What I always enjoy is how the city of Paris can strongarm companies lie LVMH when they are seeking building permits. For the Samaritaine operation, the city demanded the inclusion of low income housing in the project. Although the average price of real estate in the neighbourhood is 13,800 euros per square metre, the city paid 4,250 euros per square metre with enough space to put 96 apartments, from studio to 4 bedrooms. 24 of the apartments are for ultra precarious social conditions, basically unemployed and almost homeless people. They were distributed according to strict emergency lodging rules, and the people did not even know exactly where they would be moving. The other apartments are "normal" low income house and have been given account according the the standard waiting lists. They are on the rue de l'Arbre Sec side, so they have views of the Louvre, the St. Germain l'Auxerrois church and the Eiffel Tower. I read that "the apartments have the same view as some of the 1000 euro suites in the hotel."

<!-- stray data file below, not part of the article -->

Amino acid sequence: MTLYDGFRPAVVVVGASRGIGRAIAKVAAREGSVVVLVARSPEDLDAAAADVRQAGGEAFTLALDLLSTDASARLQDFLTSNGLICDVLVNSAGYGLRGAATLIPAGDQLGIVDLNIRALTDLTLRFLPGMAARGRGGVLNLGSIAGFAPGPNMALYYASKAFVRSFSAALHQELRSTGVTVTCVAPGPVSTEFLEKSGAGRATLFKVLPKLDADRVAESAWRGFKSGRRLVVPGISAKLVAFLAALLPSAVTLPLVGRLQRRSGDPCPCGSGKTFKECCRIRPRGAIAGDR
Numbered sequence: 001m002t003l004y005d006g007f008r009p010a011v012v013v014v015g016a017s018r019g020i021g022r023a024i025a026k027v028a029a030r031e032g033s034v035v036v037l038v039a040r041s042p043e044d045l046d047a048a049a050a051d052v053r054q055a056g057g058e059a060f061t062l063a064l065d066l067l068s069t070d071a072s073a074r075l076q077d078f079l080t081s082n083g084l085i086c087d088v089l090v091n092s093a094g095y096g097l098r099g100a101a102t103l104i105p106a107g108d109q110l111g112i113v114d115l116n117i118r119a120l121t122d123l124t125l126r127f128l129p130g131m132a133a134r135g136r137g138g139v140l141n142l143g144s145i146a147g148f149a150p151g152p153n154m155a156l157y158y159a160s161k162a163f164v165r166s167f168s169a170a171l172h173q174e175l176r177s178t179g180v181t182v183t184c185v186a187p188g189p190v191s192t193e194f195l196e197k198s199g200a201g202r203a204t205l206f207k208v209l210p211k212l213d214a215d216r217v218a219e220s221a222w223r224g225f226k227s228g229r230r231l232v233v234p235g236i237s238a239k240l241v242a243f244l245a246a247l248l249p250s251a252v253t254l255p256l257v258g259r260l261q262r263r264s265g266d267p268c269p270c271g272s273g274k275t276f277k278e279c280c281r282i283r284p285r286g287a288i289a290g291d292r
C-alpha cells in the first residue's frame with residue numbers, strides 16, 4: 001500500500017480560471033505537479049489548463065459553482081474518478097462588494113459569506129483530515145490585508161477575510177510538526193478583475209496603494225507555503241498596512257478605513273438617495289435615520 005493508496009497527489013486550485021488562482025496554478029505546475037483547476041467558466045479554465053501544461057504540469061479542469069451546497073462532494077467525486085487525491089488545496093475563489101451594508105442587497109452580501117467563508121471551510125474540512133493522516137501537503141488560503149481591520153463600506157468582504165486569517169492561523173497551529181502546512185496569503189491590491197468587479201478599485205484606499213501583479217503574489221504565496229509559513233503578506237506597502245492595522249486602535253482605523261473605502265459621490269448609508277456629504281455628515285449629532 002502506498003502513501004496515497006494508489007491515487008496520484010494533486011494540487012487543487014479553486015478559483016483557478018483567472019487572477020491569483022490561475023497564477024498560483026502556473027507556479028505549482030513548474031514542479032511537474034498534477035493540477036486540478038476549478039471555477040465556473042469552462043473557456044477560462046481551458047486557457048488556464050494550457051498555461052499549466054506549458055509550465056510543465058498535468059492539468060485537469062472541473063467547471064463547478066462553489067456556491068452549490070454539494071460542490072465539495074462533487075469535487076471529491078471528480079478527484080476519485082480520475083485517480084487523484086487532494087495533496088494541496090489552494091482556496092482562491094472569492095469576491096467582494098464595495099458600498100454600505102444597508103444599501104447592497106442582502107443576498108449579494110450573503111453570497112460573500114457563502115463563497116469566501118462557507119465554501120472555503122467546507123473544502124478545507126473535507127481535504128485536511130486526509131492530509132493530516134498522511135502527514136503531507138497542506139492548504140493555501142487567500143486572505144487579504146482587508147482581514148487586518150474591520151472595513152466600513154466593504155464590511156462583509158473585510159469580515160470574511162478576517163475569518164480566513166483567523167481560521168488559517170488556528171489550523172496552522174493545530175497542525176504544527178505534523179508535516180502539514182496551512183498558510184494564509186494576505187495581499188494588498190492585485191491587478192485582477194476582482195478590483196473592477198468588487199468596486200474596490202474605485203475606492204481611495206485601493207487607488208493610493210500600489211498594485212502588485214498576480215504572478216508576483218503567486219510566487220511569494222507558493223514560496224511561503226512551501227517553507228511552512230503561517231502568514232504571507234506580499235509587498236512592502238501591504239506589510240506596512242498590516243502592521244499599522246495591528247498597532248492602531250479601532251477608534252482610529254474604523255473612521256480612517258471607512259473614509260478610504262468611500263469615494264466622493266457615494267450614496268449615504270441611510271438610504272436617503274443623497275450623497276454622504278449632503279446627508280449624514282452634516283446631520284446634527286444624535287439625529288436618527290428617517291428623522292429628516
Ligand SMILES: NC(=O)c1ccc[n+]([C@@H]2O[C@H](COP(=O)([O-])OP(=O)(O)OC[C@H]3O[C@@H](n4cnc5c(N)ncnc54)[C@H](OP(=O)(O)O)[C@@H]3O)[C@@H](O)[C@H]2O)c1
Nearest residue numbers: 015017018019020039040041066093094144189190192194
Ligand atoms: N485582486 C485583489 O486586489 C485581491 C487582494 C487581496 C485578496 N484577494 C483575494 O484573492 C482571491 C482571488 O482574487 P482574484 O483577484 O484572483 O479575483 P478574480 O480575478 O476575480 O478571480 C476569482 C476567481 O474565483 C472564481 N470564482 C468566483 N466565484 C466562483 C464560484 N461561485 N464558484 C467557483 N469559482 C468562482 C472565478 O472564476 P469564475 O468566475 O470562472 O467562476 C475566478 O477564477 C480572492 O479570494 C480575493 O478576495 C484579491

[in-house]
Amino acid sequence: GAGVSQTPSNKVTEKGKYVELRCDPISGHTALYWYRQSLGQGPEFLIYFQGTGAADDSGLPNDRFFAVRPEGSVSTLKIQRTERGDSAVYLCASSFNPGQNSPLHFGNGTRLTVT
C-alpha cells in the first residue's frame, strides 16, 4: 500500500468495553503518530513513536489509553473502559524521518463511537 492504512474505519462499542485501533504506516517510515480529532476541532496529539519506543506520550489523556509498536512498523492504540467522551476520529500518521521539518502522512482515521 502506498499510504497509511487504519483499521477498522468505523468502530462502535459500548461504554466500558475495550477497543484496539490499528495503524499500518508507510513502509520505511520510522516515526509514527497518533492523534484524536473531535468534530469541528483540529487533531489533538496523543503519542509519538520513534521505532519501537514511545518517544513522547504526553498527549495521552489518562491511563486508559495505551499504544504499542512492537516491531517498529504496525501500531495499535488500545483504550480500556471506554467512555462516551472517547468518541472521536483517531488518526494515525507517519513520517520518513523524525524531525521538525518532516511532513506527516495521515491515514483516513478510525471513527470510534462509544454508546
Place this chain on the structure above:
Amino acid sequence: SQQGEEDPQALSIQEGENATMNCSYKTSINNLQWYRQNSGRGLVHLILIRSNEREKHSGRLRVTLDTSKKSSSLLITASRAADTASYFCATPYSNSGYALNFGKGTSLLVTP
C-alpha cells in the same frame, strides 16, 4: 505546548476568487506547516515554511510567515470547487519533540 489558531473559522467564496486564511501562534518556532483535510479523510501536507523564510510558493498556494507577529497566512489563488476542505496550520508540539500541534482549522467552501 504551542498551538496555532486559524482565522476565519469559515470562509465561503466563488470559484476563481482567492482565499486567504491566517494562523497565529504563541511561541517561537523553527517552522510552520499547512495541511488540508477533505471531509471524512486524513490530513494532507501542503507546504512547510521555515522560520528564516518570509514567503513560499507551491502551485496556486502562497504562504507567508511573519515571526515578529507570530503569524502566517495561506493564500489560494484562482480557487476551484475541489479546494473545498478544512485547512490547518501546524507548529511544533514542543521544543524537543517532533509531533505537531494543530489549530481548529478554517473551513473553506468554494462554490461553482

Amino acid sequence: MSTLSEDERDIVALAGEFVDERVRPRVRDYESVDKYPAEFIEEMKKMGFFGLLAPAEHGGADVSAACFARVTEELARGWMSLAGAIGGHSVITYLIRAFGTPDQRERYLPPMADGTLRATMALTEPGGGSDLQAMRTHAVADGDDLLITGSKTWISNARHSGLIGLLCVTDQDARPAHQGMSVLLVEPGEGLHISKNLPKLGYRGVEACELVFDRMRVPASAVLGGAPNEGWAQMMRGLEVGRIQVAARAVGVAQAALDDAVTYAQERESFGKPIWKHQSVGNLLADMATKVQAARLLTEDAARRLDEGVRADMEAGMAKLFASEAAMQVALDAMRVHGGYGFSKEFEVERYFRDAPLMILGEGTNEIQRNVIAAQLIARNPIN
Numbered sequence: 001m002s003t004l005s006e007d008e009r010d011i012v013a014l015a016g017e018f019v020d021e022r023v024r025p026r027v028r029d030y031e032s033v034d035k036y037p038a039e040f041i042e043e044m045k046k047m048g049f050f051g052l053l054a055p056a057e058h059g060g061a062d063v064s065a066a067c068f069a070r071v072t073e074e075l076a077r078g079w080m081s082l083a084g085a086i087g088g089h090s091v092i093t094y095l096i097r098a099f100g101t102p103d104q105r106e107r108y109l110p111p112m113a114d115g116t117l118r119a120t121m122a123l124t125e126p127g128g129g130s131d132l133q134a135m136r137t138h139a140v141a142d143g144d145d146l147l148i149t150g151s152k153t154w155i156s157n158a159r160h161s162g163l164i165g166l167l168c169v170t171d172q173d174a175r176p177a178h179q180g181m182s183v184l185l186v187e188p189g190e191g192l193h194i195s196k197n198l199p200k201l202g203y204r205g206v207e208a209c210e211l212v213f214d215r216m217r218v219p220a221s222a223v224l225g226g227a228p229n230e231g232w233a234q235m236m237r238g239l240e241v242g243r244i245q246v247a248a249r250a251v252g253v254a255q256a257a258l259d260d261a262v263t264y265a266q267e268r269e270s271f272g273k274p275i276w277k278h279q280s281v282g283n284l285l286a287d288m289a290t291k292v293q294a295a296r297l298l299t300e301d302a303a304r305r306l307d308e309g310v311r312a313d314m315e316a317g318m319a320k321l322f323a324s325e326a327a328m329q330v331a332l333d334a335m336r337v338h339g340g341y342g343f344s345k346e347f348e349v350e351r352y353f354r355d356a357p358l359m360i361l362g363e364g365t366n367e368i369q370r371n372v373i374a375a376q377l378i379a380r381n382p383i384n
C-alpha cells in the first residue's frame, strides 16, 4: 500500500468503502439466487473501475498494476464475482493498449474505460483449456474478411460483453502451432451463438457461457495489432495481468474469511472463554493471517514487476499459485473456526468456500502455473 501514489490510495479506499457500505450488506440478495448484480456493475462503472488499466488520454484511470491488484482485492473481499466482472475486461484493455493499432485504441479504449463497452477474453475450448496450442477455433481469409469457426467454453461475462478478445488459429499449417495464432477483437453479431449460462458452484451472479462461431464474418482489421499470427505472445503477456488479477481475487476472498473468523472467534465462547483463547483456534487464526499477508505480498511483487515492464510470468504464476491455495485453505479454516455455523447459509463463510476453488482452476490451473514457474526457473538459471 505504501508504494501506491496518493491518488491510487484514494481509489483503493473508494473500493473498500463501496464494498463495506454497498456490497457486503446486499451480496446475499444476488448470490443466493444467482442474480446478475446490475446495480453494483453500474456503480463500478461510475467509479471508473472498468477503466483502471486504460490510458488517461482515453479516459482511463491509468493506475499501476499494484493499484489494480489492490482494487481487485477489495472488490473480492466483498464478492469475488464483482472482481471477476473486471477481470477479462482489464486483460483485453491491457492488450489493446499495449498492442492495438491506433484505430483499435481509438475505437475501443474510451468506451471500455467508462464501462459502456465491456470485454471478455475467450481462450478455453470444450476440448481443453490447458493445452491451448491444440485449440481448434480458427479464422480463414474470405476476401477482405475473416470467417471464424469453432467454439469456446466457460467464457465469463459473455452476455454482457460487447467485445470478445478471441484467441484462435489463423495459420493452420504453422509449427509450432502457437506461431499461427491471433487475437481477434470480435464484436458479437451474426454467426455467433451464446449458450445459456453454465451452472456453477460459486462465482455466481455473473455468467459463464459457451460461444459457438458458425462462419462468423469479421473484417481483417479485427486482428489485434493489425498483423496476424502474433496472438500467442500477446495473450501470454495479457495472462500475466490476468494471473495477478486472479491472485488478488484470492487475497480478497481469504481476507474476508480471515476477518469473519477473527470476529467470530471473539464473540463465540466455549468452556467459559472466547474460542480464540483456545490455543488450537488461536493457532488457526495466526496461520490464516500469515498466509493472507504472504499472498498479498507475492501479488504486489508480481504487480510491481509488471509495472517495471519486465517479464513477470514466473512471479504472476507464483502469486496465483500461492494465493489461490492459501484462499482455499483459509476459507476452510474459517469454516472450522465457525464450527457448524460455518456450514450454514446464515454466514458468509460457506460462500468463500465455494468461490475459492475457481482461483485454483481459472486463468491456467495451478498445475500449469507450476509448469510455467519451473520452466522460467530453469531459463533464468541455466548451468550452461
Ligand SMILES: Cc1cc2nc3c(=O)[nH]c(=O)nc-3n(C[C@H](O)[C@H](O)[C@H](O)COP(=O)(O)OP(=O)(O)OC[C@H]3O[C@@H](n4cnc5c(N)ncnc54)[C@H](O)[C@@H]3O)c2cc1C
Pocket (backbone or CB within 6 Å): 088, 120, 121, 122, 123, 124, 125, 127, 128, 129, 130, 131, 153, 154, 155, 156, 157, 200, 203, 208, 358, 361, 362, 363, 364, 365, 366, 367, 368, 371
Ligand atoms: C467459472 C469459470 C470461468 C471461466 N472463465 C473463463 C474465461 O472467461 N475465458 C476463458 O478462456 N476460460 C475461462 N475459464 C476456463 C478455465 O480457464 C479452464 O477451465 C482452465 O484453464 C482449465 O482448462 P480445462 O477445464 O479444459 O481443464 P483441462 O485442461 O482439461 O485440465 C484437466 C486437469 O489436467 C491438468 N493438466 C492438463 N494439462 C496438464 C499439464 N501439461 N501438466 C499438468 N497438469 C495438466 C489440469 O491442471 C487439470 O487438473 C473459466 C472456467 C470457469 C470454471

An article about the first residents, who arrived back in October, said that they had no idea where to get groceries and bread at first, but the building caretaker told them were to find everything. Actually, the streets between rue de Rivoli and the Forum des Halles still have plenty of ordinary little shops and a couple of superettes (but for how much longer?). La Samaritaine also has a crèche for 80 babies and almost as much office space as the store.
Apartment operations like this will continue because the law says that each area must have at least 25% social housing, and this brings the 1st arrondissement up to 11% (after being at only 4% in 2001).
Perhaps new food places will appear now there are more people needing groceries, but when I stayed in this area one summer the only store on the Seine side of rue de Rivoli selling food was a very tiny Franprix.